UPDATE: Read this “Open Letter to John MacArthur” from an Egyptian American at Recovering Evangelical.
I hope this doesn’t ruin your upcoming weekend, but I’m going to post some remarkable words by John MacArthur for your consideration and discussion today.
I came across this interview with brother John at the Christian Post today. I’m still shaking my head. Frankly, I am stunned and speechless at the moment, and don’t even have an introductory comment to make. So I will punt at this point and hand it over to you, our thoughtful Internet Monk community.
I. . . uh . . . well . . . I will try to join in as able, but . . . wow.
CP: Currently weâ€™re seeing sort of a revolution in the Middle East with protesters opposing authoritarian rule. They want their freedom. I wanted to get your response to the uprisings â€“ what are we seeing, what does it signify?
MacArthur: I think there are a lot of ways to approach that but if you just talk about a biblical thing, they are all in violation of a biblical command â€“ to submit to the powers that be because theyâ€™re ordained of God. Iâ€™m not saying Moammar Gadhafi is the best leader, Iâ€™m not saying that Mubarak is a great, benevolent and just leader, not when heâ€™s got $70 billion in his own pockets at the expense of people.
But what I am saying is that whatever the government would be, even if it was Caesar in the New Testament, that the believers are commanded to live orderly lives, peaceful, quiet lives, subjecting themselves to the powers that be because theyâ€™re ordained of God. And the reason is any form of government is better than anarchy. You get a little bit of a taste of whatâ€™s going on right now â€“ people are dying, property is being destroyed. You canâ€™t have this. And inevitably whatâ€™s going to come out of this is going to be less order, more chaos, and perhaps what will come out of less order and more chaos is a worse kind of control, more dominating power that. Youâ€™d like to think that nothing but freedom would come out of this. Thatâ€™s not what happened in Iran. Itâ€™s not likely to happen there because you got to bring all this mass, the violence, and this volatility under control; that becomes then a military issue. So I donâ€™t think the future looks good.
But biblically speaking, I would have wished the American government, which has a history of Christianity, would have risen up and said â€œthis is wrong, this is forbidden for people to do this, this is intolerable.â€ Look, if you live in Iran and you obey the law, youâ€™re safe because thatâ€™s what happens. You might not like the law, you might not like a lot about it, but â€¦ obviously there are times when you have to break the law because the Lord commands us to do something the law forbids. I just think the upshot of all of this is more instability, more chaos, you canâ€™t make a transition to democracy this way; itâ€™s impossible. After all, who said democracyâ€™s the best form of government? No matter what the form of government is, the Bible doesnâ€™t advocate anything but a theocracy. Any form of government is going to self destruct because youâ€™re dealing with corrupt people, sinful people. The Kingdom of God advances without regard for the government but from a Christian standpoint, a biblical standpoint this kind of behavior is not approved in the Scripture and freedom â€“ certain freedoms, liberties and democracies â€“ is not a justification for this kind of mass rioting and disobedience and overturning of governments.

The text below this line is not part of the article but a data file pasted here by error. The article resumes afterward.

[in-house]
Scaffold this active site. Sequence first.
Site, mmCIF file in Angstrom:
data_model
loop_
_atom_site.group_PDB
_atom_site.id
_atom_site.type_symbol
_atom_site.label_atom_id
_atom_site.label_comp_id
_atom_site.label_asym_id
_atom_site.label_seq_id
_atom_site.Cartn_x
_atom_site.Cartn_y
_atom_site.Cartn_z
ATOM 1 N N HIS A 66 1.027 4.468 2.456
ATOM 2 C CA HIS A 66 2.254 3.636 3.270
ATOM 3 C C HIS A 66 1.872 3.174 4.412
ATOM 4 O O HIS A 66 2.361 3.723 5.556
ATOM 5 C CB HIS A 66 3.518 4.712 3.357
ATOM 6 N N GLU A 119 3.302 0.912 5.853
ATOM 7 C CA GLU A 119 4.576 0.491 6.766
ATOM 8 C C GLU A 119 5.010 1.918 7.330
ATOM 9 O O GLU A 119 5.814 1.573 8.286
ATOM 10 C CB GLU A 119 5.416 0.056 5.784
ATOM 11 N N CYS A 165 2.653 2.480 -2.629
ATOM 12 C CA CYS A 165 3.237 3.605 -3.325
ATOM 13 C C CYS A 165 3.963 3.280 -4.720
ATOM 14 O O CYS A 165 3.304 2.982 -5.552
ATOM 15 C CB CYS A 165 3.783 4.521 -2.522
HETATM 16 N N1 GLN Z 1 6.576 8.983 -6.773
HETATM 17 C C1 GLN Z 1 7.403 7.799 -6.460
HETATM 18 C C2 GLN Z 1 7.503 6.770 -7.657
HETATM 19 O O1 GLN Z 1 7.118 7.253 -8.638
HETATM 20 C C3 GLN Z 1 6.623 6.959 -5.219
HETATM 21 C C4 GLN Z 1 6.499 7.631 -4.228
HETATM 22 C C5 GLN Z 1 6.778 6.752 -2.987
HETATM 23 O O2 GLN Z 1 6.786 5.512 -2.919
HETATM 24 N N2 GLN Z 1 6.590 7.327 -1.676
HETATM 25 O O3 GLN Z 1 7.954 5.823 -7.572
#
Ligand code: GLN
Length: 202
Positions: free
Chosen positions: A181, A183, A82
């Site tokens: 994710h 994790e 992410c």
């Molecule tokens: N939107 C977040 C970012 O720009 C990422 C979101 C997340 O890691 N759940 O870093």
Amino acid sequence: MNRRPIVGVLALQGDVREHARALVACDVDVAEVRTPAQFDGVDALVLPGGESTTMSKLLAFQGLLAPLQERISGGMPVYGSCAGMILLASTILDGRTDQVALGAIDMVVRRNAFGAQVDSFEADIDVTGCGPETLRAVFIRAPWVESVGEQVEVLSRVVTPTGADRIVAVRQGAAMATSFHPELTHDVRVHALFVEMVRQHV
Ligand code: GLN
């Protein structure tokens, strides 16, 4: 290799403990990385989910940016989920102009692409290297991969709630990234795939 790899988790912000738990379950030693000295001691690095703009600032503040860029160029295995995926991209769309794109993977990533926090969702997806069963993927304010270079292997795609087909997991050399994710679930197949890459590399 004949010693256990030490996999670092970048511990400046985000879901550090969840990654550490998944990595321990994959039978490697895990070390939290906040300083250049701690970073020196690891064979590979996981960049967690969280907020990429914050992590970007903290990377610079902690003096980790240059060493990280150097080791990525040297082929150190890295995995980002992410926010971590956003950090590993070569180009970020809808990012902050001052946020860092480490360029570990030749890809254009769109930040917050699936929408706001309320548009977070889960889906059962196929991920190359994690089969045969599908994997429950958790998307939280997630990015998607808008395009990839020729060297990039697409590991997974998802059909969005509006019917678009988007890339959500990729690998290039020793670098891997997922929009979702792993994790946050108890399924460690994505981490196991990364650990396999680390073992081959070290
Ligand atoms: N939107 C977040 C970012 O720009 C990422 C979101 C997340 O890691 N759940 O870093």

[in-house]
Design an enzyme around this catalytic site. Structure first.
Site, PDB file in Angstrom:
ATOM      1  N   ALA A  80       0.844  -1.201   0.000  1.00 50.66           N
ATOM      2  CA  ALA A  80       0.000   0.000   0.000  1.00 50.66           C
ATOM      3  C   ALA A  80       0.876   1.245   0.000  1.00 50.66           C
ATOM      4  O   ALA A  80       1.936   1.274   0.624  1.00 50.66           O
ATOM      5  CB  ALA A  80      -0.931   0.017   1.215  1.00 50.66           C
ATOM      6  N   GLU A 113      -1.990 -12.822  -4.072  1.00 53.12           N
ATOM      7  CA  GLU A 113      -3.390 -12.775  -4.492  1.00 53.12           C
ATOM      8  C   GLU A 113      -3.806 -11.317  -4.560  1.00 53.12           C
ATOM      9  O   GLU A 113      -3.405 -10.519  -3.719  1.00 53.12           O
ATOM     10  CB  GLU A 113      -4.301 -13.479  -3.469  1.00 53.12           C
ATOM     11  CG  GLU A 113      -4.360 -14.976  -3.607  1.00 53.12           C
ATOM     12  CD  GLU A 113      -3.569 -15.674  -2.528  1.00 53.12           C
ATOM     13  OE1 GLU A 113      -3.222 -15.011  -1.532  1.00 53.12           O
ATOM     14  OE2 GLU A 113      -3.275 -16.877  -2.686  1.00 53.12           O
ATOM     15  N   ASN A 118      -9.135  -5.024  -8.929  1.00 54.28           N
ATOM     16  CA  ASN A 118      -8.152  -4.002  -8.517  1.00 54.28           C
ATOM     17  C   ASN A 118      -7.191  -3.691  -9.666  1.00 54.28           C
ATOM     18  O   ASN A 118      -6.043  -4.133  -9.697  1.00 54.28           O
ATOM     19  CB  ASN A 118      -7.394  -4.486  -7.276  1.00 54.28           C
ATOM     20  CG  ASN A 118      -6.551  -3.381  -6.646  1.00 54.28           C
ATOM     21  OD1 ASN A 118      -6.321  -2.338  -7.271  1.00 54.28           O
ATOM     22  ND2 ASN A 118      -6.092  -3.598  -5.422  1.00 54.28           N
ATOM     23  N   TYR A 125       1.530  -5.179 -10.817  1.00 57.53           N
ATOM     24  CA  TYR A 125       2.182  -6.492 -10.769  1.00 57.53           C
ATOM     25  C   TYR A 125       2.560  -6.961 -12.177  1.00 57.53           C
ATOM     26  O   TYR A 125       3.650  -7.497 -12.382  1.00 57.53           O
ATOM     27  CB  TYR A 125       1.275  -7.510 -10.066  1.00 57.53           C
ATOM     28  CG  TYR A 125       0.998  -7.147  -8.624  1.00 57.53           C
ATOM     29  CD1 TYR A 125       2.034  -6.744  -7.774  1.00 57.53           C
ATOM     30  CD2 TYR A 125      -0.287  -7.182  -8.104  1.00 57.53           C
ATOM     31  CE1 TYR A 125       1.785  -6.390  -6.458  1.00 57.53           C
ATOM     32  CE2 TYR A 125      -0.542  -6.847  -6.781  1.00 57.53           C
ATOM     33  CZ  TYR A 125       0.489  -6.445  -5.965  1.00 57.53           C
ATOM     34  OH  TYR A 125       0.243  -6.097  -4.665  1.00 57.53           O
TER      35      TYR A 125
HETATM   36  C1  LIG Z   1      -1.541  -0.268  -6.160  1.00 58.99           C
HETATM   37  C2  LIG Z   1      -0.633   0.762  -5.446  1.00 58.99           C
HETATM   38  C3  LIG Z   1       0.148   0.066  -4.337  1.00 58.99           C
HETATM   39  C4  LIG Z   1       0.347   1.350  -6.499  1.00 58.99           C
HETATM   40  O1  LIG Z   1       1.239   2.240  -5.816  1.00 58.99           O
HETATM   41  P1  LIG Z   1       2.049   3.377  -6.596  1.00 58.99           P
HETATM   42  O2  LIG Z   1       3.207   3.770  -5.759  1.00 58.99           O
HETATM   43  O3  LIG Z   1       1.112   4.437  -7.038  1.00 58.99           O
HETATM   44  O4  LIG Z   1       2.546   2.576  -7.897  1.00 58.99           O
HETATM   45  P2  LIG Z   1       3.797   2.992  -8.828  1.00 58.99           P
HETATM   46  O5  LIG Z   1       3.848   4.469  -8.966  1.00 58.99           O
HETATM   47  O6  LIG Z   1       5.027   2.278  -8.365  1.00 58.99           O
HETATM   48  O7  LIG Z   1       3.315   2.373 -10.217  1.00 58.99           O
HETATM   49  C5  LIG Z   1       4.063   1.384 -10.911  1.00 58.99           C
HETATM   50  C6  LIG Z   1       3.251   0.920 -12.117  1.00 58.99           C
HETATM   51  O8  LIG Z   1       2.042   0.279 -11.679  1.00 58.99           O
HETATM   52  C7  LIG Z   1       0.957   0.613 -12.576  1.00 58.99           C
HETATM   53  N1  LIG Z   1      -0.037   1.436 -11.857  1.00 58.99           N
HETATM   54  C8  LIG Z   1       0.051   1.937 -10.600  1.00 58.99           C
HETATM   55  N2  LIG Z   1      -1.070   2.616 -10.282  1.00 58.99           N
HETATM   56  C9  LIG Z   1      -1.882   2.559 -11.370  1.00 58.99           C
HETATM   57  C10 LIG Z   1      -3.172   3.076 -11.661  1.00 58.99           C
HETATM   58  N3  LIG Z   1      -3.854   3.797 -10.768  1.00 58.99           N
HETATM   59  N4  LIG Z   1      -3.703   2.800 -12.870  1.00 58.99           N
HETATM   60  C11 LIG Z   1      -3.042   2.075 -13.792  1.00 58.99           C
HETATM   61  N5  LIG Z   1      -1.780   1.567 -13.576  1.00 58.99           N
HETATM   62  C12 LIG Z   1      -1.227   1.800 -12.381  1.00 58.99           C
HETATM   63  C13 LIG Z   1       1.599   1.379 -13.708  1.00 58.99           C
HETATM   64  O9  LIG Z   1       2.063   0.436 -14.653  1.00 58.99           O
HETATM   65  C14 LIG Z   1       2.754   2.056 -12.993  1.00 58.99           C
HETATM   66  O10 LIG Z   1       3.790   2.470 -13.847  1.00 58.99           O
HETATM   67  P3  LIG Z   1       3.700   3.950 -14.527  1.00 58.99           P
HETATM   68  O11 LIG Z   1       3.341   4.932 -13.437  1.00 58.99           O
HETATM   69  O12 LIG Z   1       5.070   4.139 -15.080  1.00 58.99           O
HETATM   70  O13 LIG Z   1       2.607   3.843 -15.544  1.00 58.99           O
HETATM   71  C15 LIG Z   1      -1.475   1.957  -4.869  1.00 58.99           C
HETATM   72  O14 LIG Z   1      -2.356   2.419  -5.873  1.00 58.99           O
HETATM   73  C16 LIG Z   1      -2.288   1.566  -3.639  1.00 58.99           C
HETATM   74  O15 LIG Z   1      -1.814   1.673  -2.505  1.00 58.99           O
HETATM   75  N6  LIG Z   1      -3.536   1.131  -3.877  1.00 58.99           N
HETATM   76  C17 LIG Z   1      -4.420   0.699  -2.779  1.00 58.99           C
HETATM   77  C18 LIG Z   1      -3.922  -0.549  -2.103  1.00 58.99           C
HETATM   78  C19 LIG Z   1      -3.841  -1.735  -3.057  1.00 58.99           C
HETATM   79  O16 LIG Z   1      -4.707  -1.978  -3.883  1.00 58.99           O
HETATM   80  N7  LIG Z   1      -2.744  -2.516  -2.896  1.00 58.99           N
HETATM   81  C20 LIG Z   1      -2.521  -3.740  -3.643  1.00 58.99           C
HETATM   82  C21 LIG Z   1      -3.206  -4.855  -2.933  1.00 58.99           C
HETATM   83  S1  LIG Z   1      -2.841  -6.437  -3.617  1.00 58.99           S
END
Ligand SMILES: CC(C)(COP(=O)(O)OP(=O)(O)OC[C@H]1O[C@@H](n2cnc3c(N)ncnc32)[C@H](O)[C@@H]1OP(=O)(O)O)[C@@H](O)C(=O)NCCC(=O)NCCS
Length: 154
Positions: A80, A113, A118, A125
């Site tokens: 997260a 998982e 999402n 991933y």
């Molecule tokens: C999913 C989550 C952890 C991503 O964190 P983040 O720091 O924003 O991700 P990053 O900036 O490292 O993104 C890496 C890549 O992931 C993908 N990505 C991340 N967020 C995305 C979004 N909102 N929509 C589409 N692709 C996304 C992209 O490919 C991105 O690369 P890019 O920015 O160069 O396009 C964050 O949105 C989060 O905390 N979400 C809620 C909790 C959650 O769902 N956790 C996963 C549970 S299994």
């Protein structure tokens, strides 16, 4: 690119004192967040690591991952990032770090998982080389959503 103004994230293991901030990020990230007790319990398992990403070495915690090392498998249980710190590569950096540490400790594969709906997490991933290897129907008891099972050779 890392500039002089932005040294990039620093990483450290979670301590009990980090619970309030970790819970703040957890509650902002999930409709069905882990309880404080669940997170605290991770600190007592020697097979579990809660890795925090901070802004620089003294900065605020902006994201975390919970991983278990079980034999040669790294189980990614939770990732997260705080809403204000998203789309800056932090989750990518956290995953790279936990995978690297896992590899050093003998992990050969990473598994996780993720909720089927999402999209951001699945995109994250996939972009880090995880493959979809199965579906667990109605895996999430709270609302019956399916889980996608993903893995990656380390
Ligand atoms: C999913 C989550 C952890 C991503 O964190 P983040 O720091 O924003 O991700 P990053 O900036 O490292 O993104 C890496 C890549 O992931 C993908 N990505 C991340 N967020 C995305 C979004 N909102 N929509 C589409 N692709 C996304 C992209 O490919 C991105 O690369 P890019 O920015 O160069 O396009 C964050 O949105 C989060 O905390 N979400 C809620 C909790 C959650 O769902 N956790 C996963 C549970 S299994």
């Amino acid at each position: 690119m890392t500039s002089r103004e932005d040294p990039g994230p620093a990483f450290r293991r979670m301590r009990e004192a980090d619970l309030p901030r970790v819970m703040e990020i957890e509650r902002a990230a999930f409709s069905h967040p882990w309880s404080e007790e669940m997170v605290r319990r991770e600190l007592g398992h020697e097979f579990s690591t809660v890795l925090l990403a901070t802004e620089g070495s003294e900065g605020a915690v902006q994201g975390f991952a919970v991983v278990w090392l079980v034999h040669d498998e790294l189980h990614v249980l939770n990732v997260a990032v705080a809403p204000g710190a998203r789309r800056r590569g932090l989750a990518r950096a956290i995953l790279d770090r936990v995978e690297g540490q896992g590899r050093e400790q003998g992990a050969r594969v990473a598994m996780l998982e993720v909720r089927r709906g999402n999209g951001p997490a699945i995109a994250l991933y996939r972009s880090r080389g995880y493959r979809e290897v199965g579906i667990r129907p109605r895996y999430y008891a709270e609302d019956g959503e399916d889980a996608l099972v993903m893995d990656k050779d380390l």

The illusion is that these people are going to get freedom. But what we have to understand is that youâ€™re either a slave to sin or a slave to Christ. As Martin Luther said in The Bondage of the Will, no sinner is free; that is the great illusion that the sinner is free. Heâ€™s only free to choose the sin. In other words, heâ€™s only free to choose the course of his own damnation but he canâ€™t do anything about it. This is another form of bondage. Theyâ€™re going to end up in another form of bondage; theyâ€™re going to end up the same, sinful, corrupt, unsatisfied, unfulfilled people taking their same anxieties in a different direction. So itâ€™s not a solution to anything. Itâ€™s a momentary reaction. I understand that like the French Revolution when they had enough. You know the story when Marie Antoinette they said to her the people need bread. She said well, let them eat cake and mocked their hunger. Thatâ€™s what brought the revolution about. That doesnâ€™t justify the anarchy but it explains it.
MacArthur: I donâ€™t think religious freedom is even an issue in the advance of the church. If you look at China, I donâ€™t know what the numbers are, tens of millions of believers in China when it was forbidden. Look at Japan which was open and free and youâ€™ll search forever in any city in Japan to find one Christian. So democracy, freedom of religion or persecution, if you had to pick your poison I think you might want to pick persecution because you get a purer church. Now Iâ€™ve been to Russia a dozen times and the church there was so pure and so devout and yet you can go across the border from Russia into Western Europe and the church is dead, almost non-existent. And they had all the freedom. So you canâ€™t make a case that religious freedom is a right. The powers that be ordained of God, God is the one who determines that â€“ Acts 17 said the boundaries of the nations â€“ these things happen within the purposes of God and God will rule through these things and overrule these things. But they donâ€™t really have anything to do with the church and the advance of the Kingdom. Itâ€™s not tied to any form of government.